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Discussion in 'Predators and Pests' started by BikerBabeRules, Apr 6, 2008.
I am sorry you lost your chickens and duck.
I have to agree with baron. It really sounds like a coon. They will grab and eat at the head and go through as many as they can get to. Secure your place as well as you can today. They will keep coming back until you have nothing left for them before they will give up and move on to the next feeding ground.
Im soo sorry to hear that. What you described sounds very much like a fisher cat. Its like a weasel but lager and very nasty. They have no fear of humans. The feathers and the head biting are tell tale signs of a fisher, They are very good at penitraiting even the best of fences, they can enter from the roof of a barn, they have strong jaws and sharp powerfull paws. They normally do their dirty work in the early hours of the morning, leaving a trail of blood and feathers. Be aware now that it has been in your barn, cause if it is a fisher he will be back knowing there is more food there. The farm I use to work at would loose 30-40 chickens a night because of a fisher cat, I really hope that its not a fisher for your sake, they are not easy to get rid of.
Here are a link with more info on them:
I'm so sorry about your loss.
When we had chickens in the 1990's that's what happened to us. We trapped the devil that did it. It was a huge raccoon. Well, we trapped one raccoon and I can't say that he was alone. We weren't missing any birds, they were just almost all killed and it was a huge mess in my coop. It was like walking into a Freddy Kruger movie! It looked to me like he had killed the chickens just to eat the eggs still inside the hens!!! Their rear ends were all torn apart.
I know how violated and sick you must feel. It's a horrible feeling. When I first read your post, my thought was "human predator"! 30 chickens is a lot to go missing w/o a trace...have you checked all possible entrances for feathers...I can't imagine an animal dragging a chicken thru a small opening without leaving feathers or blood behind.
If you have a video camera, is there any way of setting that up for the night to see if you can find out what's doing all this damage?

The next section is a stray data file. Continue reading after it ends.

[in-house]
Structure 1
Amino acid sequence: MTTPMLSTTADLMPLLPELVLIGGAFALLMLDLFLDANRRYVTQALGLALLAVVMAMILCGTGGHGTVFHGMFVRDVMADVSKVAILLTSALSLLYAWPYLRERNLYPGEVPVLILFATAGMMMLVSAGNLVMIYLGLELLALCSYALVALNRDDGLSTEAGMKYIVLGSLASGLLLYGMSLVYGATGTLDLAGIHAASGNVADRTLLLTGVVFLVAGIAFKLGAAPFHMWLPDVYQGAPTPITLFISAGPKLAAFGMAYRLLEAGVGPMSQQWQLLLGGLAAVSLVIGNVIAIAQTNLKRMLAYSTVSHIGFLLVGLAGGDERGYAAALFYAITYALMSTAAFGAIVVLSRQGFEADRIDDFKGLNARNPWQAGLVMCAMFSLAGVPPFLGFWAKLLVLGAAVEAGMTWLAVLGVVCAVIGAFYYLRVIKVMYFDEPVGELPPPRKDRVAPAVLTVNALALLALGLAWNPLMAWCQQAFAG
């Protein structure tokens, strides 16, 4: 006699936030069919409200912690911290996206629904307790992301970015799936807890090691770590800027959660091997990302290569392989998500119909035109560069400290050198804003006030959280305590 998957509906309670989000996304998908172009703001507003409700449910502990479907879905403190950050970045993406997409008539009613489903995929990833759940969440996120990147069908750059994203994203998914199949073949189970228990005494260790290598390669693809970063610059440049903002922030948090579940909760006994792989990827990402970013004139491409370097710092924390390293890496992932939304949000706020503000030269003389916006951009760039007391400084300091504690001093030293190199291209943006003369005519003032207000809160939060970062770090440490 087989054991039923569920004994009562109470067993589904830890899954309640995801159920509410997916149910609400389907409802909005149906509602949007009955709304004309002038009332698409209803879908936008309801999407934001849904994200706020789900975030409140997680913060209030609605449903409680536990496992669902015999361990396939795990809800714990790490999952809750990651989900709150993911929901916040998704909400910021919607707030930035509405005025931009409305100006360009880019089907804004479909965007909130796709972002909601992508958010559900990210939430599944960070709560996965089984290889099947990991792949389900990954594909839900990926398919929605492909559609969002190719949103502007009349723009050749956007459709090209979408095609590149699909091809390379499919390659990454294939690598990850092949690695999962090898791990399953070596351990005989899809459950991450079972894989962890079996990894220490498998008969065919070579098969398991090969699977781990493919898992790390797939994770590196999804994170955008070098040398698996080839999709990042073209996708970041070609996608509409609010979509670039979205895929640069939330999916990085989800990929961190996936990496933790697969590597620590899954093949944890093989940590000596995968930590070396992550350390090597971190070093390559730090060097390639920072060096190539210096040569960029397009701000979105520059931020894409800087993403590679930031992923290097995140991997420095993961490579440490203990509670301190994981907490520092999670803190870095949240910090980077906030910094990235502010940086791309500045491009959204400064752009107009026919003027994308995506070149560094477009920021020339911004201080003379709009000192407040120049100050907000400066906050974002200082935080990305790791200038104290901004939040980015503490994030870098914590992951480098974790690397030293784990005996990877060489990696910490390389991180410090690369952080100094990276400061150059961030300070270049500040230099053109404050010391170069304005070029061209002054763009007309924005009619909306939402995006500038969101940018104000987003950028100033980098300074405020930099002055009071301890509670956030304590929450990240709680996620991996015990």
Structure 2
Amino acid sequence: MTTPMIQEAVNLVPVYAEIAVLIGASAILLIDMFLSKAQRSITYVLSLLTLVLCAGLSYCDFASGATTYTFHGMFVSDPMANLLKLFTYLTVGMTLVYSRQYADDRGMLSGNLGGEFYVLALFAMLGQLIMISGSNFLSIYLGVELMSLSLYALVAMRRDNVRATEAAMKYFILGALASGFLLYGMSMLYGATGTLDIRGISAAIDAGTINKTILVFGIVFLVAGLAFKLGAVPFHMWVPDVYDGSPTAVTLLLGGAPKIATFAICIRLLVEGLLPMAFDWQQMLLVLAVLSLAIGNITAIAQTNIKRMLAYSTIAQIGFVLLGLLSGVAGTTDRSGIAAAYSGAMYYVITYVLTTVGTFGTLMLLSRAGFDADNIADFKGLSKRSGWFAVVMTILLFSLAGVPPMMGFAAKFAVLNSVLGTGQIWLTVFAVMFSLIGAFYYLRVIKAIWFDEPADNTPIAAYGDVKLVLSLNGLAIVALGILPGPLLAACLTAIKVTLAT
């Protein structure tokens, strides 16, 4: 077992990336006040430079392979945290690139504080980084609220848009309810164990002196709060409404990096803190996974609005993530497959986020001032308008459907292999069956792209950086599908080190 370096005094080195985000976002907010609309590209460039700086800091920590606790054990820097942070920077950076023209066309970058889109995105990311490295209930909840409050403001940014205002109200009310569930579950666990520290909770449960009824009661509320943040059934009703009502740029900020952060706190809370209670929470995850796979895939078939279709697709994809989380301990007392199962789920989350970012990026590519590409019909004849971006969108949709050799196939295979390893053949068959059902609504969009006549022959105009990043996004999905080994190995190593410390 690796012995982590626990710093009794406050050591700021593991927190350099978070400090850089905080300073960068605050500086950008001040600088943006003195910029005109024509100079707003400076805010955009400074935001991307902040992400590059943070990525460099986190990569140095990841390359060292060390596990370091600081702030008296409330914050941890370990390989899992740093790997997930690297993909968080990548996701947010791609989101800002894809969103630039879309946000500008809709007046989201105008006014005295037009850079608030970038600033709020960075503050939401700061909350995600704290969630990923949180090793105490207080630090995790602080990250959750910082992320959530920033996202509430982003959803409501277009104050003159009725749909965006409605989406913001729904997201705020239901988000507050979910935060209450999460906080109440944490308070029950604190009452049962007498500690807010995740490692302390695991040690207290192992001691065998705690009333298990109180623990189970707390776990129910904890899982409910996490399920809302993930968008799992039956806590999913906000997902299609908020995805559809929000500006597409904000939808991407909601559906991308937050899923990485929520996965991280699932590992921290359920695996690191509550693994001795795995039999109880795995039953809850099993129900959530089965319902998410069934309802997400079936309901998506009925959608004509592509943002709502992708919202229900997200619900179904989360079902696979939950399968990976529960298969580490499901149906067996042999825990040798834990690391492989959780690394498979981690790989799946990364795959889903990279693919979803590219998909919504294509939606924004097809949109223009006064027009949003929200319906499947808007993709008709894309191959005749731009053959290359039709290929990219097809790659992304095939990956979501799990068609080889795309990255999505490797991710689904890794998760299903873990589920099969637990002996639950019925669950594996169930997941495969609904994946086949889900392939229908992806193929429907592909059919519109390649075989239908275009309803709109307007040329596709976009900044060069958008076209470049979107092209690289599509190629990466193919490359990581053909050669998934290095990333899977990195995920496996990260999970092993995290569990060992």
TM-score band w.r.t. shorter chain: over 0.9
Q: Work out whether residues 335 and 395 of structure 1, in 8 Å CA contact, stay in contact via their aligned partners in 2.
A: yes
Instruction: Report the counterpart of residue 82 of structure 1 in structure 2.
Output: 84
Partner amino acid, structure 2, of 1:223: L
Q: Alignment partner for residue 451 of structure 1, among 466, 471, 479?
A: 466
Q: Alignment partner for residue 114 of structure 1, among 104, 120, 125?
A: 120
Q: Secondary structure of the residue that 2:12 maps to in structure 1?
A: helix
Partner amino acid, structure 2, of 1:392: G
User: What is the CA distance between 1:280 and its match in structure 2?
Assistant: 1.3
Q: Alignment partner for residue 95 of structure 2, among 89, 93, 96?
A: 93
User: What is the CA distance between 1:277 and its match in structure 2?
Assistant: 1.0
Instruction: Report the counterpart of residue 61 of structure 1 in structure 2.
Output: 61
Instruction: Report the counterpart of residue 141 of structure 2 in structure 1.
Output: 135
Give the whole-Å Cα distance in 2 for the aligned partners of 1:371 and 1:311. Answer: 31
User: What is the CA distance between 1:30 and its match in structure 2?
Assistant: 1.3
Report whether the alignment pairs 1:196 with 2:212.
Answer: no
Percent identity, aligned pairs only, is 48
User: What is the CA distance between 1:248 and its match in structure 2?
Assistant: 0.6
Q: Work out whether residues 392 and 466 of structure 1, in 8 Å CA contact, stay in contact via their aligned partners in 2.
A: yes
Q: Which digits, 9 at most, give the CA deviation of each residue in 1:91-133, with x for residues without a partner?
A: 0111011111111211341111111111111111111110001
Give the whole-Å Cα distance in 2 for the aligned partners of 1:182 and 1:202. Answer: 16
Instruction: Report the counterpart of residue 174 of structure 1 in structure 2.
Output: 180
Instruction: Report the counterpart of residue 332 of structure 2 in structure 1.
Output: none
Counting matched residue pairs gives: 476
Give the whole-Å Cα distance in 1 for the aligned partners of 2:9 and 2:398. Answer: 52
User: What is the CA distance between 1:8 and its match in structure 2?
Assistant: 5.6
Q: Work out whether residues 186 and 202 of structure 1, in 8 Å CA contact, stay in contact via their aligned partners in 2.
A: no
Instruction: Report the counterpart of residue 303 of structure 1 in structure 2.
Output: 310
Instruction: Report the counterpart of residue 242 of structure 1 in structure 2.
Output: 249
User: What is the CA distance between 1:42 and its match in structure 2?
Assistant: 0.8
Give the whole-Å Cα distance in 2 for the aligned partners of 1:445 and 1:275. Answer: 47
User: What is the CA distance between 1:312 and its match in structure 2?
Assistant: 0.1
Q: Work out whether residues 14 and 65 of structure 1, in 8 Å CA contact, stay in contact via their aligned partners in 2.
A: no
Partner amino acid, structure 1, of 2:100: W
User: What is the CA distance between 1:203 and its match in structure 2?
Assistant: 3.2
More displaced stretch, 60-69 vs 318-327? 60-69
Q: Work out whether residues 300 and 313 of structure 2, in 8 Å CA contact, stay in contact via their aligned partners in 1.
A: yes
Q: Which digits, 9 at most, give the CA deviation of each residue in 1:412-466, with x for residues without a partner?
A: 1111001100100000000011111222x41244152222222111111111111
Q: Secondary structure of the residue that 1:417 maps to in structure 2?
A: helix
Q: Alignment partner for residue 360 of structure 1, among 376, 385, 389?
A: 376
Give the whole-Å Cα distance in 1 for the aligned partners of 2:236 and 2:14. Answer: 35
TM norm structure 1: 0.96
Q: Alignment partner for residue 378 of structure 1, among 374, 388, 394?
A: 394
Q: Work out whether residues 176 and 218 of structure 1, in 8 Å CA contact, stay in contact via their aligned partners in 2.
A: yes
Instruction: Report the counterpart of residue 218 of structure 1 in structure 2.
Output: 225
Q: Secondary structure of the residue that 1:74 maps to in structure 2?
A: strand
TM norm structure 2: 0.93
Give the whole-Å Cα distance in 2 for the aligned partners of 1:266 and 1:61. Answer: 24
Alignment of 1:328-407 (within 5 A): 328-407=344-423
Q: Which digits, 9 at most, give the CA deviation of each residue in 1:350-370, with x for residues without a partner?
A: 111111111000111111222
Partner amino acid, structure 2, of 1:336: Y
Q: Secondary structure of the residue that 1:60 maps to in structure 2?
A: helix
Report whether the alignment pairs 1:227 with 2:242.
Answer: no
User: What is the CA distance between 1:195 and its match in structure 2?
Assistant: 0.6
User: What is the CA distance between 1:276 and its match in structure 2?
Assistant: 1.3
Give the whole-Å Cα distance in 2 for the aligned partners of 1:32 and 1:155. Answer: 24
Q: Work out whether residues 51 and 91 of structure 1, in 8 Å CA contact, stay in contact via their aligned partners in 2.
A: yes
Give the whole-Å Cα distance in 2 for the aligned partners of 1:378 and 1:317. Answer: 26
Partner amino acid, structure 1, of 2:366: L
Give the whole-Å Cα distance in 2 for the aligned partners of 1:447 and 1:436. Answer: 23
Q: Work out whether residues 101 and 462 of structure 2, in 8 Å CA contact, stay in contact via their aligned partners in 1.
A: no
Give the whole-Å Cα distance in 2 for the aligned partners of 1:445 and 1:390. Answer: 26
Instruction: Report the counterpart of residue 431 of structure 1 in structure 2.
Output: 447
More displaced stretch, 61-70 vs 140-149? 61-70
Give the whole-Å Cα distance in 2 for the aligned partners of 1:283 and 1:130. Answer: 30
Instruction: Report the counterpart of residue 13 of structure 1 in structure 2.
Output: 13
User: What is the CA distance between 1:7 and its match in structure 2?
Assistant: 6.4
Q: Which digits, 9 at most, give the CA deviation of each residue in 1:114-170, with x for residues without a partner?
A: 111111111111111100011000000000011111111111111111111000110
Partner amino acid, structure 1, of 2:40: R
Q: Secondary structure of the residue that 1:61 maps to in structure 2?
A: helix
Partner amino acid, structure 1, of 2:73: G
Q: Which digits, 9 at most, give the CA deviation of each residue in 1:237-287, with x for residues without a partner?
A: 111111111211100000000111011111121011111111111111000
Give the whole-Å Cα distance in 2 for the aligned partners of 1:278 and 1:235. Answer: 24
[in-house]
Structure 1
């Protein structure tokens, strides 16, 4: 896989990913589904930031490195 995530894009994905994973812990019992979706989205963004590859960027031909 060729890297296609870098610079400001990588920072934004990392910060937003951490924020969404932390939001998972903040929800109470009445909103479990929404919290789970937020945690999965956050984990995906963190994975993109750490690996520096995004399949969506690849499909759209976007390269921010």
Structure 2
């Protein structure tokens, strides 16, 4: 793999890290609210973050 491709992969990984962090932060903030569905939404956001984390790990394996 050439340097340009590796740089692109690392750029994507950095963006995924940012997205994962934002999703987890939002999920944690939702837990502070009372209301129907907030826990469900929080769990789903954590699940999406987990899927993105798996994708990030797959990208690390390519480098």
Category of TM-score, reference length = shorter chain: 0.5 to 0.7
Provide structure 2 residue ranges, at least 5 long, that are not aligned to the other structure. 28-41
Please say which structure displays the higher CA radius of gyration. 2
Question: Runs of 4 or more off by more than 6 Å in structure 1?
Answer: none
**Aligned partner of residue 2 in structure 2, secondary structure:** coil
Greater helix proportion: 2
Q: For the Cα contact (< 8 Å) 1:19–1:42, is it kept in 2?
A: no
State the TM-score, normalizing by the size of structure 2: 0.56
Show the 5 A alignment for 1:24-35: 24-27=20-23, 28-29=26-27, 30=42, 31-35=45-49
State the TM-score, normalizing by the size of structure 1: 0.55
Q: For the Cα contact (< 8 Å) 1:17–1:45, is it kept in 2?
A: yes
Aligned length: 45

An idea I'm using for my next coop, tin for outside and maybe inside walls. Install it verticly and its hard for critters to climb.
*kathy, I'm very sorry you're having to go through this. Where I live it's very difficult to even imagine anything carting away that many birds that doesn't walk on 2 legs.
Quote:I wouldn't bother with the red light for predators. Most animals are color blind. I use a red lens on my spotlight to hunt coyotes at night. The red lens acts as a filter so the coyotes can't see the spotlight so it doesn't startle them.
Very sorry for your loss. I know how sick you must feel. Gosh darn it we all try so hard to keep our animals safe. Have you figured out where the point of entry was? Good luck with your mission to find the culprit and keep us posted. Maybe a solar or another type of hot wire to turn on at night. Might also contact your local county ag. agent to see if others are having this problem and what to do.
So sorry for your losses.
Thanks, I wondered about that - still researching - is it just the blinking that might help then, or is this just a new gimmick? Why cant there be some deterrent for resting victims like this, just to help increase the odds for our flocks while they rest? They are so vulnerable, even when we think they're safe and secure, like these were. Two of my own survivors made it by being in the rafters of the barn? Two of them still sleep there. Anything lower doesnt stand a chance, does it? What can she do to keep what she had left alive - tonight and from now on, if it's a persistent predator such as a raccoon or weasel?